Just as Vilnius University put up a sign in Lithuanan and English, defending as “humanistic” its exhibition of a collection of envelopes by the antisemitic and homophobic designer Antanas Šakalys, the VU employee who had first provided the offensive images to DefendingHistory, which we published on 21 September 2012, provided another, at 2PM today, to coincide with the time of the scheduled gala opening of the exhibition, cancelled after our article and the 25 Septenber Delfi.lt report by Eglė Samoškaitė. The 2PM slot was then symbolically taken up at the university by a group of nine dauntless protesters against the glorification of an antisemitic and homophobic designer.
Ironically the envelope released today, a production of the same designer, also refers to “humanism”…
It goes to the heart of the locally inseparable nexus of antisemitism and Holocaust Obfuscation (denial/inversion/distortion/trivialization). The envelope is dedicated to the infamous Lietukis Garage massacre of 27 June 1941 in Kaunas when dozens of Jewish passers-by were brutally murdered by white-armbanded Lithuanian nationalists. The Germans had arrived in Kaunas but not yet set up their administration. Methods of murder of the Jewish townspeople rounded up including clubbing to death and the forcing of high pressure water hoses into the mouths and other bodily orifices of the victims, all to the delight of a cheering crowd.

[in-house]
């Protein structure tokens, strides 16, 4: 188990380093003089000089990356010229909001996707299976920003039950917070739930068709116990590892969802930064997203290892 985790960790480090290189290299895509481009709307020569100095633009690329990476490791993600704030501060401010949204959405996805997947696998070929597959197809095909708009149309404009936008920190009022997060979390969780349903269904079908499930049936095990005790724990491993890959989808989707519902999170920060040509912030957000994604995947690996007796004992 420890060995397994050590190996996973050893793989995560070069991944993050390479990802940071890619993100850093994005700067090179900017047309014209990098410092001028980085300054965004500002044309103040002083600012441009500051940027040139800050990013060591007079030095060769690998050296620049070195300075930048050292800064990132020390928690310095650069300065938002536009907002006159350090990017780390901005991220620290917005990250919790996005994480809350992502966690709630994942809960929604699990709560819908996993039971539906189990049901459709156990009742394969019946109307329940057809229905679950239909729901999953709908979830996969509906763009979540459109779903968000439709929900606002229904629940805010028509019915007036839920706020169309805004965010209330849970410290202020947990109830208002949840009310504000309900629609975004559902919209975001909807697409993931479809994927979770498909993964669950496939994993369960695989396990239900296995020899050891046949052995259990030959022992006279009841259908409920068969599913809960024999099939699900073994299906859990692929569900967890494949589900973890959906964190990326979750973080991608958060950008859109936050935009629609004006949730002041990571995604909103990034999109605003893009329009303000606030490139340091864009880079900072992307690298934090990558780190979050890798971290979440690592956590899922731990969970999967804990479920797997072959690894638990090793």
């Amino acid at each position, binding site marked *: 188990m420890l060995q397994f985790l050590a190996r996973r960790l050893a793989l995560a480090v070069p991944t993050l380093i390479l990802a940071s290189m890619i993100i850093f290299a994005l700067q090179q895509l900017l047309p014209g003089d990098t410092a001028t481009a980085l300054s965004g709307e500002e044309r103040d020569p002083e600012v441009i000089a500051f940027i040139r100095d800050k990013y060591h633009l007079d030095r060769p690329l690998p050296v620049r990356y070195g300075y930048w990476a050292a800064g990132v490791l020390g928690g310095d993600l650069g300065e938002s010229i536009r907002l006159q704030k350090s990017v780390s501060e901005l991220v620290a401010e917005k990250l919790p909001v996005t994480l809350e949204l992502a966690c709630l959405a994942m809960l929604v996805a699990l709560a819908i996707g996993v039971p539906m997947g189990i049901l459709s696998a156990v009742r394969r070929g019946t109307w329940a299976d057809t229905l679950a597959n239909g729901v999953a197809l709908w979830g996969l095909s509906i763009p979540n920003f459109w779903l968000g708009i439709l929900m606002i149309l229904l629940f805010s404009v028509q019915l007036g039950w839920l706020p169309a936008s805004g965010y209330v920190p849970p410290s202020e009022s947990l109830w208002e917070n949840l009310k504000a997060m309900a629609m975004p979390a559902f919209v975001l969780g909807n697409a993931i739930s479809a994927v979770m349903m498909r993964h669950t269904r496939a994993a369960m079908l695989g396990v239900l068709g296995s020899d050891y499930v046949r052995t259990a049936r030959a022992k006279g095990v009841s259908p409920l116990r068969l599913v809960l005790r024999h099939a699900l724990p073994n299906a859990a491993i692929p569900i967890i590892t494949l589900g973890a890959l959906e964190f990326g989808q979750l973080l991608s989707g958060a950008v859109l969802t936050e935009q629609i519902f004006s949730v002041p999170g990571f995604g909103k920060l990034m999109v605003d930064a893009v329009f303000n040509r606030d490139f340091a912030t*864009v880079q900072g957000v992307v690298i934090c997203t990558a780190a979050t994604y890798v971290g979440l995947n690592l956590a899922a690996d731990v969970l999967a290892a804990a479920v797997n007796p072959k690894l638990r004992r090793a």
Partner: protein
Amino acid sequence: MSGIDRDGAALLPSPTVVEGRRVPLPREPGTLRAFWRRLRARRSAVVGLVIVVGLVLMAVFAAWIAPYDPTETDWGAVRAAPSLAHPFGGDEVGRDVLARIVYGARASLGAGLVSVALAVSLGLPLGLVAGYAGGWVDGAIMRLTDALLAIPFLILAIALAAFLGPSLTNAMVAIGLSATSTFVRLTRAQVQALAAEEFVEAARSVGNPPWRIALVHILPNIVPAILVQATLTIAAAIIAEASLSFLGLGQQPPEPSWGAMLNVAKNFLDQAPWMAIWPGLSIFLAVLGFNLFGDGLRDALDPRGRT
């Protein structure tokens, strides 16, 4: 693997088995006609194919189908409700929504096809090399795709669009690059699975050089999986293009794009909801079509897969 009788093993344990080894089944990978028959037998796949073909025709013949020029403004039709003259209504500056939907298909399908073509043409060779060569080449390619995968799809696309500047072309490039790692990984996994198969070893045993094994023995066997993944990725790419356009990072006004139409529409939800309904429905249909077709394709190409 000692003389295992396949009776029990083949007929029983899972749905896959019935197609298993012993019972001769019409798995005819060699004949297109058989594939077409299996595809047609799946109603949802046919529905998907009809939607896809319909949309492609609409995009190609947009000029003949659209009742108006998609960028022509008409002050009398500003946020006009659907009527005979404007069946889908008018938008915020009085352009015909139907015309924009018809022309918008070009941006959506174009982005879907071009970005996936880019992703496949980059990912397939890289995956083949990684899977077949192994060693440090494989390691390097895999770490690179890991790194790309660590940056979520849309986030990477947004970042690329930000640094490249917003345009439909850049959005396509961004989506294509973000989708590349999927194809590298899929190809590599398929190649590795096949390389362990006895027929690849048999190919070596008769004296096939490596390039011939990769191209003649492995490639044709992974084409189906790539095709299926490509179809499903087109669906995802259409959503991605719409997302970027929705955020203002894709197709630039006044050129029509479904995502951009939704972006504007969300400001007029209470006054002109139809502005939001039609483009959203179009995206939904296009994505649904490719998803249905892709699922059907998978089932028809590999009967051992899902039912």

“On 23 June 1941, an uprising began in Kaunas. It aimed to regain Lithuania‘s independence. Patriots in other cities also rebelled. The last NKVD agents were fleeing Kaunas (most were Jews and Russians). They hurried back to their garage (the former Lietukis garage) where mechanics were repairing cars and demanded they be driven to Russia. Some of the mechanics fled and asked for help from people, to defend them from the communists that went berserk. Now there is a lot of talk about the pogroms that began, which never ever happened in Lithuania, but there is no explanation on who most contributed to the genocide and extermination of a people. The tolerance and humanism of our people is remarkable in that after all that tens of thousands of our people rescued Jews during the German occupation. And what Jew who served in the NKVD rescued us from the hell of the Gulag? After all, Jews were at the very ‘summit of NKVD authorities!’ About 2,000 patriots of Lithuania died during the uprising of June 23.”